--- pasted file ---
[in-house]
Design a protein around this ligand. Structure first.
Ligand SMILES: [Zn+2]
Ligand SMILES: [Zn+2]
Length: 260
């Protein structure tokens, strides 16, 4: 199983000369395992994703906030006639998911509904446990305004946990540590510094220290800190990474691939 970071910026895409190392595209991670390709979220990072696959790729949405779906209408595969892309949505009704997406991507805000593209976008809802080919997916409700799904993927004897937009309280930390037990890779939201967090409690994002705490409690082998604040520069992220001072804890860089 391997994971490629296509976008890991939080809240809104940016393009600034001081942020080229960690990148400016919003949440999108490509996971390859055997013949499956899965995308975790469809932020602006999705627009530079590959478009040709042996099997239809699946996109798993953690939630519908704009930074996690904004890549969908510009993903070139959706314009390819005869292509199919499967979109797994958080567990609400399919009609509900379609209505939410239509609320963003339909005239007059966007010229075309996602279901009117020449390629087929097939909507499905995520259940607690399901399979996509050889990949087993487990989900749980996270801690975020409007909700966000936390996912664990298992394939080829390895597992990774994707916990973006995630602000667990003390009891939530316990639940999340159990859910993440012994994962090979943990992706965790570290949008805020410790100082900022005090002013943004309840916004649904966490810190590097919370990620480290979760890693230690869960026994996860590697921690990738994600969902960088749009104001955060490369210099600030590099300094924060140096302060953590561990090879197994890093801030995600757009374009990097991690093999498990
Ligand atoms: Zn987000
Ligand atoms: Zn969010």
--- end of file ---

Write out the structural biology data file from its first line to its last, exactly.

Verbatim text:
[in-house]
Design a protein around this ligand. Structure first.
Ligand SMILES: [Zn+2]
Ligand SMILES: [Zn+2]
Length: 260
């Protein structure tokens, strides 16, 4: 199983000369395992994703906030006639998911509904446990305004946990540590510094220290800190990474691939 970071910026895409190392595209991670390709979220990072696959790729949405779906209408595969892309949505009704997406991507805000593209976008809802080919997916409700799904993927004897937009309280930390037990890779939201967090409690994002705490409690082998604040520069992220001072804890860089 391997994971490629296509976008890991939080809240809104940016393009600034001081942020080229960690990148400016919003949440999108490509996971390859055997013949499956899965995308975790469809932020602006999705627009530079590959478009040709042996099997239809699946996109798993953690939630519908704009930074996690904004890549969908510009993903070139959706314009390819005869292509199919499967979109797994958080567990609400399919009609509900379609209505939410239509609320963003339909005239007059966007010229075309996602279901009117020449390629087929097939909507499905995520259940607690399901399979996509050889990949087993487990989900749980996270801690975020409007909700966000936390996912664990298992394939080829390895597992990774994707916990973006995630602000667990003390009891939530316990639940999340159990859910993440012994994962090979943990992706965790570290949008805020410790100082900022005090002013943004309840916004649904966490810190590097919370990620480290979760890693230690869960026994996860590697921690990738994600969902960088749009104001955060490369210099600030590099300094924060140096302060953590561990090879197994890093801030995600757009374009990097991690093999498990
Ligand atoms: Zn987000
Ligand atoms: Zn969010």